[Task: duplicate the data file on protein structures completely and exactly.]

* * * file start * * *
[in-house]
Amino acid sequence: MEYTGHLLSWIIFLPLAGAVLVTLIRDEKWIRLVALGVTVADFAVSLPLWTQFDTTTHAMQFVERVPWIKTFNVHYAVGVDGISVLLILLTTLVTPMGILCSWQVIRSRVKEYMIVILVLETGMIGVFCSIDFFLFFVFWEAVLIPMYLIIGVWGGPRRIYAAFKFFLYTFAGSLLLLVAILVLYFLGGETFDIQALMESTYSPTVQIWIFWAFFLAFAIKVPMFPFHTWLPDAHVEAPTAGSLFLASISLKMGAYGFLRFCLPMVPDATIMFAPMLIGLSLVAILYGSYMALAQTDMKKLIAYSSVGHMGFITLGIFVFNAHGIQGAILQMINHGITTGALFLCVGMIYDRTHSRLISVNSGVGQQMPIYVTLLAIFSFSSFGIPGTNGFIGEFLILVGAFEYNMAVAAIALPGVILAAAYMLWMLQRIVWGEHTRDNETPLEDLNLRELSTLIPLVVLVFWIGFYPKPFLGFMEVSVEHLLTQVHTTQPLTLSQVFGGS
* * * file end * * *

[in-house]
Amino acid sequence: MEYTGHLLSWIIFLPLAGAVLVTLIRDEKWIRLVALGVTVADFAVSLPLWTQFDTTTHAMQFVERVPWIKTFNVHYAVGVDGISVLLILLTTLVTPMGILCSWQVIRSRVKEYMIVILVLETGMIGVFCSIDFFLFFVFWEAVLIPMYLIIGVWGGPRRIYAAFKFFLYTFAGSLLLLVAILVLYFLGGETFDIQALMESTYSPTVQIWIFWAFFLAFAIKVPMFPFHTWLPDAHVEAPTAGSLFLASISLKMGAYGFLRFCLPMVPDATIMFAPMLIGLSLVAILYGSYMALAQTDMKKLIAYSSVGHMGFITLGIFVFNAHGIQGAILQMINHGITTGALFLCVGMIYDRTHSRLISVNSGVGQQMPIYVTLLAIFSFSSFGIPGTNGFIGEFLILVGAFEYNMAVAAIALPGVILAAAYMLWMLQRIVWGEHTRDNETPLEDLNLRELSTLIPLVVLVFWIGFYPKPFLGFMEVSVEHLLTQVHTTQPLTLSQVFGGS